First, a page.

AccessGenealogy has been working over the past year to compile early records and histories of French-American, Canadian-American towns and settlements that presents a look into the early history of this ethnic group of people as they were some of the earliest settlers in the Midwest, settling and trading in Native American towns long before the English were present in the area. Our American history, though, so perpetuated by English roots, often forgets this settlement of people, and their contribution to what is now America.
The latest offering takes a look at the oldest European settlement in Illinois: Prairie du Rocher. Prairie du Rocher is a quaint French town along the Mississippi River in what is now Randolph County. When encountered by the French the area around Prairie du Rocher was settled by the Native American tribes of the Illinois Confederacy. To establish their trade amongst these friendly tribes, the French established Fort Chartres, which also served as a military reminder to the Spanish, English and American interests in the area. Along with the building of the fort came the fur traders, merchants, farmers, and tradesmen, all needed to ensure a thriving enterprise at that time. They settled down in communities around the fort, the most ancient of them being Prairie du Rocher.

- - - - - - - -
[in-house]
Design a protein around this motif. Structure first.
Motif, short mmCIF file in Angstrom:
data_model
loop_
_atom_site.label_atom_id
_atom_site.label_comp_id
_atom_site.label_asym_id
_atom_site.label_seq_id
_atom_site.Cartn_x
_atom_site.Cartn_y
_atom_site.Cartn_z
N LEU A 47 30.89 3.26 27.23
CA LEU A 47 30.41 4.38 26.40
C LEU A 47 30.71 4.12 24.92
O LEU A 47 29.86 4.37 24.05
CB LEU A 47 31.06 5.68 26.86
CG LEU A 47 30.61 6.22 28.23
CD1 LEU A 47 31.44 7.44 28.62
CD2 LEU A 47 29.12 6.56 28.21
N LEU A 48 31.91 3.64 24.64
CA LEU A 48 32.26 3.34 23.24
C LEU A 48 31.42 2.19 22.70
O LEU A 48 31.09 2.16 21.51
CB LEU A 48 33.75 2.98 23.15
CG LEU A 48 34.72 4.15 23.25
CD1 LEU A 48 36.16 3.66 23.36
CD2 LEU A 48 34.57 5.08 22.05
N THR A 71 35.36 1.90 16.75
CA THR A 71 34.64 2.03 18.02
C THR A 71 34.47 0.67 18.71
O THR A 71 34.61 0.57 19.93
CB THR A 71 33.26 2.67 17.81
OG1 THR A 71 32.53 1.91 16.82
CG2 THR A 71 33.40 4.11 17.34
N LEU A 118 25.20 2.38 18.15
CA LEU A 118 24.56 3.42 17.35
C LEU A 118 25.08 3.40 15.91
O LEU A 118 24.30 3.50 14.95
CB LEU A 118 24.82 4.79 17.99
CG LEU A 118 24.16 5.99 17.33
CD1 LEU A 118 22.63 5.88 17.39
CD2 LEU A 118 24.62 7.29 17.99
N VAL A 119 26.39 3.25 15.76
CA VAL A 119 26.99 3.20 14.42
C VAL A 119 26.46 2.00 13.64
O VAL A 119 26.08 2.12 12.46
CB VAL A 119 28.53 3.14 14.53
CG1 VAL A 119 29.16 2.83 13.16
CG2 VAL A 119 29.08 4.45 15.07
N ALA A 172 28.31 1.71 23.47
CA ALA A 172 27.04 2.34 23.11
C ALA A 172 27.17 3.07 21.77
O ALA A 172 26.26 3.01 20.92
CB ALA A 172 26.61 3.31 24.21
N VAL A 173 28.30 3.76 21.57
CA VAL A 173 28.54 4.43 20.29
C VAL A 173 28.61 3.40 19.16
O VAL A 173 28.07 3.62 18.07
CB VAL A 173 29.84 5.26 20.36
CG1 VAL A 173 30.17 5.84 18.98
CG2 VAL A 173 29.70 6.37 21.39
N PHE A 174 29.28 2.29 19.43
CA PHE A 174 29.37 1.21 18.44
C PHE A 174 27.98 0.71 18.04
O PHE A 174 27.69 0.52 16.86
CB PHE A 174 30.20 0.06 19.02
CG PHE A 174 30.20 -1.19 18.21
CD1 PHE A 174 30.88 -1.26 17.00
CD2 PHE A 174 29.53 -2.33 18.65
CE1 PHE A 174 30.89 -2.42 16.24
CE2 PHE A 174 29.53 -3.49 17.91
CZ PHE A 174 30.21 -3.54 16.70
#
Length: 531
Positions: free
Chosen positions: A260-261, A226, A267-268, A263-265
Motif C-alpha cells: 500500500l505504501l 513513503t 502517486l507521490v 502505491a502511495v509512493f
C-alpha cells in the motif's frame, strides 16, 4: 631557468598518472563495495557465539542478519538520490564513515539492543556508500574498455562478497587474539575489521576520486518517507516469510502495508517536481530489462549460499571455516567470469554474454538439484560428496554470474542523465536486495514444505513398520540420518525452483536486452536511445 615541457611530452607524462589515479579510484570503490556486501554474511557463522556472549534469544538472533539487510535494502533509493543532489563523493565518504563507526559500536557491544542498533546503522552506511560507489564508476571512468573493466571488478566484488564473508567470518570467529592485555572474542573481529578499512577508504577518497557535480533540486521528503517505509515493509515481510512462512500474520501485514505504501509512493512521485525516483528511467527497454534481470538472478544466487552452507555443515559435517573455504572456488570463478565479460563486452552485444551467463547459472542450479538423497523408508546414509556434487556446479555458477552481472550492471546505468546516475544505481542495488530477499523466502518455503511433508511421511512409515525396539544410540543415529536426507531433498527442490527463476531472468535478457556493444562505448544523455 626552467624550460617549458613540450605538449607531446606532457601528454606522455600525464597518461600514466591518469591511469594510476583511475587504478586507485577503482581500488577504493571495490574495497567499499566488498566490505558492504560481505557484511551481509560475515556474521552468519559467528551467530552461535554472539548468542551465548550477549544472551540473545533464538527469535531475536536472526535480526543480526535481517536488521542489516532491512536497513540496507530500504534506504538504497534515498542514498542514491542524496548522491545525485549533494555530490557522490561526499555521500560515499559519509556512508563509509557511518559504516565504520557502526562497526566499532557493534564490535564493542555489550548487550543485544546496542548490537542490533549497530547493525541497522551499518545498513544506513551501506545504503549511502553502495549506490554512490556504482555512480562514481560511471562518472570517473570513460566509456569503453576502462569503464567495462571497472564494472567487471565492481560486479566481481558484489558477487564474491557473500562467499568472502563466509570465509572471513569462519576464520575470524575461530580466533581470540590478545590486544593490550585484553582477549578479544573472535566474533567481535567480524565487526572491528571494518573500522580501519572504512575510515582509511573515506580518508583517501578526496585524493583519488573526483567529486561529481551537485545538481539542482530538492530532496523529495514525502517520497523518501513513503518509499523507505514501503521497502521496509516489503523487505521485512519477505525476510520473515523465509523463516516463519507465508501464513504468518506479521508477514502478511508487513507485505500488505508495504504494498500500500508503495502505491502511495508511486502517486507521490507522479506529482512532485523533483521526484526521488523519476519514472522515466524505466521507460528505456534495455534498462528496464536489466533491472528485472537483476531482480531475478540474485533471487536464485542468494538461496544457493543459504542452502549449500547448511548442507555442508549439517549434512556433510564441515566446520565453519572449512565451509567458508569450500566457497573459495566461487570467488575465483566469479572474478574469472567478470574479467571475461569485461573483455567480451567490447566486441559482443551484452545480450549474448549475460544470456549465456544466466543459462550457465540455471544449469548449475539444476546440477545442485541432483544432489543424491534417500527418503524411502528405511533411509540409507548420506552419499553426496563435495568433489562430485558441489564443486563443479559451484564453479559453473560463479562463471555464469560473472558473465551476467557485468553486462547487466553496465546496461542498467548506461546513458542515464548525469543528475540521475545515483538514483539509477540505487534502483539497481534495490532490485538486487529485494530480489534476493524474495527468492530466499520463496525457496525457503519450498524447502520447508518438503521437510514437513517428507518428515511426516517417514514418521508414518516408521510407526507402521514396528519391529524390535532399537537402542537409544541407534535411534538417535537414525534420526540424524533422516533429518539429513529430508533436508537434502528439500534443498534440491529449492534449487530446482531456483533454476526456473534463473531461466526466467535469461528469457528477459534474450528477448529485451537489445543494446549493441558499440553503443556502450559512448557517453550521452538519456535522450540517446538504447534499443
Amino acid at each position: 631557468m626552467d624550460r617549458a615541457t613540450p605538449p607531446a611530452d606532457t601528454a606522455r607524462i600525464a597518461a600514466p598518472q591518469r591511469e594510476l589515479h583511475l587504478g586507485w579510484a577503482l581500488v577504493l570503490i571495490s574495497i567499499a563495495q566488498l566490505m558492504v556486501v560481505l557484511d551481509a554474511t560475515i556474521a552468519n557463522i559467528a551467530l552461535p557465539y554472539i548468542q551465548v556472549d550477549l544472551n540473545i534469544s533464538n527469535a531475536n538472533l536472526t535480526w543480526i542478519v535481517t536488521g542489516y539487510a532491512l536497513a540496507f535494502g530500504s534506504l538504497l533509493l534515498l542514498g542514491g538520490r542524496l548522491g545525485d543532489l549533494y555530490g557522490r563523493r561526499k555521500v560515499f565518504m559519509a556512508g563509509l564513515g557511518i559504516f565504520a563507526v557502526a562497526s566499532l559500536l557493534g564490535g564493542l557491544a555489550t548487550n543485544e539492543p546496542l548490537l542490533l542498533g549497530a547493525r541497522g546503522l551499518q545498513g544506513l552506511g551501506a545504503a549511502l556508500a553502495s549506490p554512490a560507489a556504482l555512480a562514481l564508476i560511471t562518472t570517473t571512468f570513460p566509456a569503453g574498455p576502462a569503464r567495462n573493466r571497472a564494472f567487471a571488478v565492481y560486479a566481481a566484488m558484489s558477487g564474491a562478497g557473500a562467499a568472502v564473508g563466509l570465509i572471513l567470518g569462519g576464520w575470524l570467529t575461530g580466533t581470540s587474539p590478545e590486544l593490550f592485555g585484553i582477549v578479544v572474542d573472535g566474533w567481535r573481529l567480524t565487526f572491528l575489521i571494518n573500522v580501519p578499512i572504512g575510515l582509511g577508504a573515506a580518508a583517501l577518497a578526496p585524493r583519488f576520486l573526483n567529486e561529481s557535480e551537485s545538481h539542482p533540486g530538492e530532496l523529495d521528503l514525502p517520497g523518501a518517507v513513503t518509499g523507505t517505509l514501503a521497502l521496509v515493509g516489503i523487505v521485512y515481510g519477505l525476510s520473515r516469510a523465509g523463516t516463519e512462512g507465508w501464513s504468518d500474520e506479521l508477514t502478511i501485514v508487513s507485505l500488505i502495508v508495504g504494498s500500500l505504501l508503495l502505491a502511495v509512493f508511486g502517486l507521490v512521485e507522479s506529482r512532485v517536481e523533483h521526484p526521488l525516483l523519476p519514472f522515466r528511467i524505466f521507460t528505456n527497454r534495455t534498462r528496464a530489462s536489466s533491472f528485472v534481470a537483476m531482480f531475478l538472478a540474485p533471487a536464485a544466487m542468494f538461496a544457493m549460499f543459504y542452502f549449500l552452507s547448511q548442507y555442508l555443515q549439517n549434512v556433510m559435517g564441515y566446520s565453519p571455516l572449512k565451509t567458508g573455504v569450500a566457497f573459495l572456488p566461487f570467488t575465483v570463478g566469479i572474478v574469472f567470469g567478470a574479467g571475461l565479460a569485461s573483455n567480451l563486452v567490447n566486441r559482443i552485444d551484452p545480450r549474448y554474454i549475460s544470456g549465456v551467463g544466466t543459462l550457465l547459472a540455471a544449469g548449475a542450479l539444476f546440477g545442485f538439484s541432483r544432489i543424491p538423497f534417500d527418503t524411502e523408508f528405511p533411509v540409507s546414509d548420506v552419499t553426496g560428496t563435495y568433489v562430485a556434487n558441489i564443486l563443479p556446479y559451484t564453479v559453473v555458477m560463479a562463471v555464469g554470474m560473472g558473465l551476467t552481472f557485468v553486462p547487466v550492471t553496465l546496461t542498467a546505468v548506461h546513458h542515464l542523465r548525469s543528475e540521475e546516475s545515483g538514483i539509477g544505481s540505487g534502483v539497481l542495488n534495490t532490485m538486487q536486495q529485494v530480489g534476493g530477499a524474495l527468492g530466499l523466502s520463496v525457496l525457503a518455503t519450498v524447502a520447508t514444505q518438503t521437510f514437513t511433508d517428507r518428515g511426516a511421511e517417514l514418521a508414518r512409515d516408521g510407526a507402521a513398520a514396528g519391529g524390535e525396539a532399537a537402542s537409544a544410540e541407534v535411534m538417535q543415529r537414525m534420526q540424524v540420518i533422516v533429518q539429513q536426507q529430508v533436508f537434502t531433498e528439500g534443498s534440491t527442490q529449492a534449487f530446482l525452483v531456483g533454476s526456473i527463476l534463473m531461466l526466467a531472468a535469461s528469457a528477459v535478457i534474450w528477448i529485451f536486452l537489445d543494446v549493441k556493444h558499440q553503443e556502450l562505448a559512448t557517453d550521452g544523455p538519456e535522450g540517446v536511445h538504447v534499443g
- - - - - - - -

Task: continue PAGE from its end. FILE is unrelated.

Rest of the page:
But Prairie du Rocher isn’t a town comprised of just French and Native American families. It also had multiple immigrations of Germans, Irish, British and Americans, which over the centuries has integrated it’s population in a mecca of nations. Of particular interest to genealogists will be the multiple articles on family genealogies, which contain biographical details of many of the earliest residents: Barbeau, Blais, Blow, Brickey, Coerver, Conner, Didier, Eichenseer, Ellner, Frawley, Grassinger, Hauck, Hoef, Ker, Kribs, Langlois, Louvier, Moskop, Mudd, O’Hara, Palmier, Seitz, Shea, Siegfried, and Wierschem families of Prairie du Rocher.